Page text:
A young, strong man got his first job as a woodcutter at a timber merchant’s logging camp. The pay was good. The rookie woodcutter was determined to do his best.
His employer gave him an axe and showed him the area to work. The first day, the woodcutter felled 18 trees.
“Good for you! Keep it up,” said the employer. Encouraged, the woodcutter slogged hard the next day, but brought down 15 trees. The third day he tried harder, but could cut only 10 trees.
“I must be losing my strength”, the woodcutter thought. He went to his employer and apologized, saying he could not understand what was going on.
“When was the last time you sharpened your axe?” asked the timber merchant perceptively.
The woodcutter was bewildered: “Sharpen? I had no time to sharpen my axe! I have been very busy cutting down trees.”
And then there is the story of two woodcutters. One worked for five years but never got a raise. The other was given a raise within a year of joining work. The old-timer went to the foreman to complain.
The foreman said, “You are still cutting the same number of trees you were cutting five years ago. But that new chap is productive. Maybe he knows something you don’t.”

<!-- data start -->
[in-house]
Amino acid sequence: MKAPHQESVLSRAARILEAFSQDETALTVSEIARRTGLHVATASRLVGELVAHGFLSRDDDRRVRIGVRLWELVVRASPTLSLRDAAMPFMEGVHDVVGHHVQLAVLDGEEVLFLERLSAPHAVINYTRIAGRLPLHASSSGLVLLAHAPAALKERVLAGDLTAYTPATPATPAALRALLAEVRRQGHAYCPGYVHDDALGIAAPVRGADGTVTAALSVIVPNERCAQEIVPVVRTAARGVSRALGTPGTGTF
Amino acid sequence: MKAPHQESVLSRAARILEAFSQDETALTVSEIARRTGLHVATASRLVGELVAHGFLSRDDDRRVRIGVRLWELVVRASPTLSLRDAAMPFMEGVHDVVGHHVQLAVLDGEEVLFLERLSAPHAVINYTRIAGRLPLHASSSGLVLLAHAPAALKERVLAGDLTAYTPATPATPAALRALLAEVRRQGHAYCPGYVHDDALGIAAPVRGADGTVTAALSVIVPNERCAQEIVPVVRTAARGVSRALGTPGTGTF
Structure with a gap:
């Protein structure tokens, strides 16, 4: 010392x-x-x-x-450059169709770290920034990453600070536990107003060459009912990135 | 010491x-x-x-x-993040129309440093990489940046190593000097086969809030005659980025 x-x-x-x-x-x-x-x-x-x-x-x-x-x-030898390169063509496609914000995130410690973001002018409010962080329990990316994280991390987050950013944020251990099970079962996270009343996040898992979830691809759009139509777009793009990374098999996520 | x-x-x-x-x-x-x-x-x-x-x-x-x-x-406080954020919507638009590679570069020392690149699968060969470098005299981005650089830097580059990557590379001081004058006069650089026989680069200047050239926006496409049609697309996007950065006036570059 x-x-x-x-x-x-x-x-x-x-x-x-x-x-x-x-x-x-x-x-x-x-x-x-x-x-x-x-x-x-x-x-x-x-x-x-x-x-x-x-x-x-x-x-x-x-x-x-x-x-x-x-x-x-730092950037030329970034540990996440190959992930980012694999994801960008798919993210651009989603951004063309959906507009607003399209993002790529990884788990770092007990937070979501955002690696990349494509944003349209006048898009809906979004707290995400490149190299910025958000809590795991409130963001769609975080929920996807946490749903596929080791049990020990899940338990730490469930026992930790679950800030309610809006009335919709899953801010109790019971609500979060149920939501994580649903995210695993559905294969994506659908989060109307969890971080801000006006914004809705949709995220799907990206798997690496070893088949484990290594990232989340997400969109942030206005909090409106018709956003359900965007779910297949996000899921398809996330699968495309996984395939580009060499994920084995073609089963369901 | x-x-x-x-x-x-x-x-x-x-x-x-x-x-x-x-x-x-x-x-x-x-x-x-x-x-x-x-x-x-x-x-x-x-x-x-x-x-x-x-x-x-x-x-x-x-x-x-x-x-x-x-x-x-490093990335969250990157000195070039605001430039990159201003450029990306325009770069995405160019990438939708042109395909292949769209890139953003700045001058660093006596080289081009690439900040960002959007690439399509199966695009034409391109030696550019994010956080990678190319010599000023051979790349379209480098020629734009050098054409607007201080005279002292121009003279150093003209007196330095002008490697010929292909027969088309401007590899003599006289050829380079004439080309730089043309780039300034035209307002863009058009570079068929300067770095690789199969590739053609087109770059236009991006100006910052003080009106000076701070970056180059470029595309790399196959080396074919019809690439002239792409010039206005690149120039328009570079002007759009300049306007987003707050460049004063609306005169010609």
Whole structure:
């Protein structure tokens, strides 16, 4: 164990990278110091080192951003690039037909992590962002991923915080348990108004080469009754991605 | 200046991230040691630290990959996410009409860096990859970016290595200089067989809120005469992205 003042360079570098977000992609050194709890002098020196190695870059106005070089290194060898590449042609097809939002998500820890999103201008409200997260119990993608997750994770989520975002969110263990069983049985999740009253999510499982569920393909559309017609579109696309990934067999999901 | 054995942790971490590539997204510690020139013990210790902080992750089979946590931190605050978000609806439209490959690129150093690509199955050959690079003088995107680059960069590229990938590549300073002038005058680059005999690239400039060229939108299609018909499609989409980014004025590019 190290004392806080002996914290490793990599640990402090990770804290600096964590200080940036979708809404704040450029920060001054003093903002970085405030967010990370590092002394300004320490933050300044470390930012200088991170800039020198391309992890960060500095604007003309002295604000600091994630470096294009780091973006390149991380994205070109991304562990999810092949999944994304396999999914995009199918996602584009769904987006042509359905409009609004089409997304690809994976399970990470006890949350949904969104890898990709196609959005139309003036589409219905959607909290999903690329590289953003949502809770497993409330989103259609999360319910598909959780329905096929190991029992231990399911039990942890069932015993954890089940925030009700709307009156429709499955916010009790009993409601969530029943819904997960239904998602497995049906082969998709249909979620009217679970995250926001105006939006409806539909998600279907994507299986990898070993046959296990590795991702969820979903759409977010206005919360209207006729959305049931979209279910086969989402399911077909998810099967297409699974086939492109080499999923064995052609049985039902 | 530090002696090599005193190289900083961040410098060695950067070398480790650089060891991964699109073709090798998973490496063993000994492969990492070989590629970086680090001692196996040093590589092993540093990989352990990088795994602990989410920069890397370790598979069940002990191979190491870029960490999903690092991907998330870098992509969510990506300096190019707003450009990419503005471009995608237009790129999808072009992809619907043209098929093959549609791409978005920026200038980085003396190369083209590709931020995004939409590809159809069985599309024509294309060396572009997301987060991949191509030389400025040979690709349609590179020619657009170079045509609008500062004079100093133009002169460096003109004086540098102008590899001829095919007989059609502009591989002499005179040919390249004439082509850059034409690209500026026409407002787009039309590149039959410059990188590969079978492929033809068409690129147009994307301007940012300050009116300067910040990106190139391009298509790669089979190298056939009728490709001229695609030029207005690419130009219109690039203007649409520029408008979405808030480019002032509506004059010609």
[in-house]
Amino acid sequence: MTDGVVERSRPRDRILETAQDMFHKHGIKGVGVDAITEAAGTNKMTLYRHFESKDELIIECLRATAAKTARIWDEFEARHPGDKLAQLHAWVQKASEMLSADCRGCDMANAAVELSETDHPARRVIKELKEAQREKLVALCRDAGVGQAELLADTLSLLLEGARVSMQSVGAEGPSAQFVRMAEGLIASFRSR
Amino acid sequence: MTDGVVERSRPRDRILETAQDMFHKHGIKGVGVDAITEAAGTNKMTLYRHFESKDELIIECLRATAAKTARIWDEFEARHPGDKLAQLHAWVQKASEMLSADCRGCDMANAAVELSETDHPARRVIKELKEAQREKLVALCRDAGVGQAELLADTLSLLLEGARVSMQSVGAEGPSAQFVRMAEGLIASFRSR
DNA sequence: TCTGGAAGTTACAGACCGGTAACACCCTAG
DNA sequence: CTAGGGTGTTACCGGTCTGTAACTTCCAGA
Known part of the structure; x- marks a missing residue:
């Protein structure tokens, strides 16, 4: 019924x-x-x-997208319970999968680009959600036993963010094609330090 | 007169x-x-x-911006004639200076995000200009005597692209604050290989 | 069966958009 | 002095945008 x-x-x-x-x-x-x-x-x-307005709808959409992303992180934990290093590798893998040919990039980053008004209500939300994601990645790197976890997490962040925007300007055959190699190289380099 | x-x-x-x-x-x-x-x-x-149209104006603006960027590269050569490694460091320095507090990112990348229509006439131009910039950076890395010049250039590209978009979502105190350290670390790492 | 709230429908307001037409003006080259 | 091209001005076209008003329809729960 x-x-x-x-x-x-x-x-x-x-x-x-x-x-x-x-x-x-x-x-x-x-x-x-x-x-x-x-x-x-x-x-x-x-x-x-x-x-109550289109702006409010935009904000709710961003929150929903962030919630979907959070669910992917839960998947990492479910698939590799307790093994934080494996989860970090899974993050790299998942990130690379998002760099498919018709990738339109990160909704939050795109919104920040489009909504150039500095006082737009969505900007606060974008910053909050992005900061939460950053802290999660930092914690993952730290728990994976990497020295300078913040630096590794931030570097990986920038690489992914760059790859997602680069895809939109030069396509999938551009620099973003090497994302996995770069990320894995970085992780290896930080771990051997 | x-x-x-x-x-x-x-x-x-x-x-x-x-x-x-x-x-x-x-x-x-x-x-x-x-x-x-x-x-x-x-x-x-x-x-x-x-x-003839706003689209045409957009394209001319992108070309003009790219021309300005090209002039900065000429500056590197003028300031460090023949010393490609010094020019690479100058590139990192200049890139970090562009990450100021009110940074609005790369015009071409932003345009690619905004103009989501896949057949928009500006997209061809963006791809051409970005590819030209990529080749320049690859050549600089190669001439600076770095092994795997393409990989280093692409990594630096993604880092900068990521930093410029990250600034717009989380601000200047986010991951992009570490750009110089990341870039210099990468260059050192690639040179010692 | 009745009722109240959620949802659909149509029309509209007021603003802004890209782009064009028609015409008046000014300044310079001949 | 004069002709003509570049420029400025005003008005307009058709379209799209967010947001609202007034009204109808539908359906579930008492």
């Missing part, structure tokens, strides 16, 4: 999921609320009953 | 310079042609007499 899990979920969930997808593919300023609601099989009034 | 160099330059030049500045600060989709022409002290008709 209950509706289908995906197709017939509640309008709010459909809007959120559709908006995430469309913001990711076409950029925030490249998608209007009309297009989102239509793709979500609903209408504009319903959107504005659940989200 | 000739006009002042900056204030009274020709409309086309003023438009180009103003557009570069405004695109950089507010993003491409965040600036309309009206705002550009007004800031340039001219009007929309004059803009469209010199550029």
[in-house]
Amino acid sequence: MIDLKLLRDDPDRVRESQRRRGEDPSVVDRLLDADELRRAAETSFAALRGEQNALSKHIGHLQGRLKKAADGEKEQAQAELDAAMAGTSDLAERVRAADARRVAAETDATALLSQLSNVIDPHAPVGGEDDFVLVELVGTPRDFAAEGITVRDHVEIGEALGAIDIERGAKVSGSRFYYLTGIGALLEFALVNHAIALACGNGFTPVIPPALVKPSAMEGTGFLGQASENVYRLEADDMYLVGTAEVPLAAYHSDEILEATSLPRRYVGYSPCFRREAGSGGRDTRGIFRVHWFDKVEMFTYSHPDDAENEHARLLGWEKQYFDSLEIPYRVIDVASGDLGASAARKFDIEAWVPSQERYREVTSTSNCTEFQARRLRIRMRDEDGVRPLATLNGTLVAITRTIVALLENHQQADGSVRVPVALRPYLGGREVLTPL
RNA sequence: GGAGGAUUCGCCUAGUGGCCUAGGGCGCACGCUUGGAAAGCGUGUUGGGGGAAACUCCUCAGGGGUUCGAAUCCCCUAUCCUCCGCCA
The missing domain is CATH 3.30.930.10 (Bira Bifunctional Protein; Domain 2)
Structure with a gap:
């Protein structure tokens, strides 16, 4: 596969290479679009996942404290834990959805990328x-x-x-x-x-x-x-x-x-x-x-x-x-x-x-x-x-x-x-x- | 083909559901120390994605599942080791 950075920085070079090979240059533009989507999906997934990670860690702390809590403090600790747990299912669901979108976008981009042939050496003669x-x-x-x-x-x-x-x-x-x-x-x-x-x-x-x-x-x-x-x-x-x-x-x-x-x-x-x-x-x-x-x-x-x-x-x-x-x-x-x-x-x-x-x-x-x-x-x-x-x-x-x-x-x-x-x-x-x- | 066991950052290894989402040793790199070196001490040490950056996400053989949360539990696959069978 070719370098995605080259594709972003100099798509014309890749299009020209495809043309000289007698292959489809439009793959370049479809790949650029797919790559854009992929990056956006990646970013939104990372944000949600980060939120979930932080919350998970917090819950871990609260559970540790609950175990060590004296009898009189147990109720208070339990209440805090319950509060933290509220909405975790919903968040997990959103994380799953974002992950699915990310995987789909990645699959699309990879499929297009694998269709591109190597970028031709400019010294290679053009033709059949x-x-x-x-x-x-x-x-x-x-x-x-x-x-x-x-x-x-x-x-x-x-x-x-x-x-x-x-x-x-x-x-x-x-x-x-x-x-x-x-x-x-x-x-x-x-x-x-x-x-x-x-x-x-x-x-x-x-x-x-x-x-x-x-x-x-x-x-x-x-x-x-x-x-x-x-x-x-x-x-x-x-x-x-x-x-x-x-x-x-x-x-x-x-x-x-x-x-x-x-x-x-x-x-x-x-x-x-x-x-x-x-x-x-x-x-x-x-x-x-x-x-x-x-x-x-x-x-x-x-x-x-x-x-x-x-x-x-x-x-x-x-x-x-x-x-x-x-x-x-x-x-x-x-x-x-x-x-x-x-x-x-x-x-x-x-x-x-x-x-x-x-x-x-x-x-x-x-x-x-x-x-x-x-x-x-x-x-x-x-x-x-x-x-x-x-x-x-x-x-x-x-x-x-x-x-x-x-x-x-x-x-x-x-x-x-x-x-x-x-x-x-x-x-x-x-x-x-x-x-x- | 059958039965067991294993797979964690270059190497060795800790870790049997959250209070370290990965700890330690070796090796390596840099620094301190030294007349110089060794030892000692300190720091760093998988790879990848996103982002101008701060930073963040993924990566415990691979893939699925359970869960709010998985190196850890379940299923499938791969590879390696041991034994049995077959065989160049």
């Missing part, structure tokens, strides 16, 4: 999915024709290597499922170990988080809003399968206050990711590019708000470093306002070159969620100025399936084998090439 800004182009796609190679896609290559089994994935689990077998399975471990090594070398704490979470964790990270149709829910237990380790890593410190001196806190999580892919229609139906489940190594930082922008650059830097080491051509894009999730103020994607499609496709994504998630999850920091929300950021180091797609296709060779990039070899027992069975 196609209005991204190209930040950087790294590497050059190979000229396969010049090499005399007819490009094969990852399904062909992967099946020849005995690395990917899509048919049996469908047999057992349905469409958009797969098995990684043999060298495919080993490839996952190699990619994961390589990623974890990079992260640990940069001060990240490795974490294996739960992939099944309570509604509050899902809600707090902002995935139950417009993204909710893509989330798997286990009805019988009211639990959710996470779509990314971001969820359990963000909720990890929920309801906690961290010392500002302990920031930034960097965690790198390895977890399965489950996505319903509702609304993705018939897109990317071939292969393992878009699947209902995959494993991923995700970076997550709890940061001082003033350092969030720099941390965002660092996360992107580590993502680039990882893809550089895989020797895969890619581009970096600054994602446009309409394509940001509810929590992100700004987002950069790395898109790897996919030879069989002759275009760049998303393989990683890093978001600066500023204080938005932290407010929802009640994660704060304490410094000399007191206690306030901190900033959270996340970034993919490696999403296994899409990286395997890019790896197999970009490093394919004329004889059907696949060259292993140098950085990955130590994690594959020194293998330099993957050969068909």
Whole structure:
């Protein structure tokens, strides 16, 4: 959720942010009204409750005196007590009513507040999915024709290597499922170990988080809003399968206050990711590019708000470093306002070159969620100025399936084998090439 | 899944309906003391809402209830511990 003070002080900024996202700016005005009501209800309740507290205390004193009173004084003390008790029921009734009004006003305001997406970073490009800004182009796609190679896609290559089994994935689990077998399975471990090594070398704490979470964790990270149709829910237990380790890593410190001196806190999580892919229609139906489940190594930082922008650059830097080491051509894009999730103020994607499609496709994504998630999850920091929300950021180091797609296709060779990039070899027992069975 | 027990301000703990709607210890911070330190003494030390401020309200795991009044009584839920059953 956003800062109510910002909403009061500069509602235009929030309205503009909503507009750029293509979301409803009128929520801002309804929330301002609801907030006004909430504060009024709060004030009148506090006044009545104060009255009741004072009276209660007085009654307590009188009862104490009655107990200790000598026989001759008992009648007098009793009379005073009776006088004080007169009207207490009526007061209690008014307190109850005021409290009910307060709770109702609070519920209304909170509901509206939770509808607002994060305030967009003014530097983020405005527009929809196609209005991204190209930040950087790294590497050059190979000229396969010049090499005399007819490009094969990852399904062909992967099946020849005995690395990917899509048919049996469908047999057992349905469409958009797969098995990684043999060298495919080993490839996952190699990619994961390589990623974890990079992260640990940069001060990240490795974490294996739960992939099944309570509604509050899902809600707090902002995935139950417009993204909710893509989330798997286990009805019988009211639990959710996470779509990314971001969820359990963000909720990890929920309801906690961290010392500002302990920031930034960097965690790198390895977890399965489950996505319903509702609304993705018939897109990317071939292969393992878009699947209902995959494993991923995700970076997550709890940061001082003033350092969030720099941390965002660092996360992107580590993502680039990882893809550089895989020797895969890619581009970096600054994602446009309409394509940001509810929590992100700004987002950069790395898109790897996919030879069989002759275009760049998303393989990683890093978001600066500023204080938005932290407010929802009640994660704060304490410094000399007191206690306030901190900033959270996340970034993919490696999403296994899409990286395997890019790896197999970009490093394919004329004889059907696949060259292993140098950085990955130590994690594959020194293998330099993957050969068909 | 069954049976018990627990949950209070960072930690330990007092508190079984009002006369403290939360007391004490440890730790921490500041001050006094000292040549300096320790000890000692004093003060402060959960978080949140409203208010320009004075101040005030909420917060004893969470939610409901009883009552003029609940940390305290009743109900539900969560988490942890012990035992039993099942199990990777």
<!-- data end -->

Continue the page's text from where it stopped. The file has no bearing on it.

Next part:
So the chastened old-timer went to the new employee and asked what made him so effective at work. The other man replied: “After every tree I cut, I take a break for two minutes and sharpen my axe.”
Thus it is that US president Abraham Lincoln once said: “Give me six hours to chop down a tree and I will spend the first four sharpening the axe.”
Lincoln’s secret was to use sharper tools to get the job done better. He used the axe alogy because he was a skilled woodcutter, so he meant what he said both figuratively and literally.
Inefficient tools waste energy; it makes great sense to spend time finding and cultivating the best tools for the task. There is a difference between working hard like a drudge, or working smart.
This is the value of preparing well. It helps to see clearly if something is worth doing, and then how to go about it in the best possible manner to add lots of value to it. But even if there is no job at hand, preparation helps.
Building up skills, learning and growing, keeping eyes and ears open make the man ready to grab opportunity when it strikes. In the words of Seneca: “Luck is what happens when preparation meets opportunity.”
This insight can be applied at many levels. We live in busy times; the world seems always in a rush. But this never-ending activity can be no excuse to forget staying sharp. Or else, we will end up as the failed woodcutter.
It is no waste of time to relax, to read, to think and meditate, to pray. Constant reflection and learning is the key to inner growth. It makes possible an improved worker, a better human being.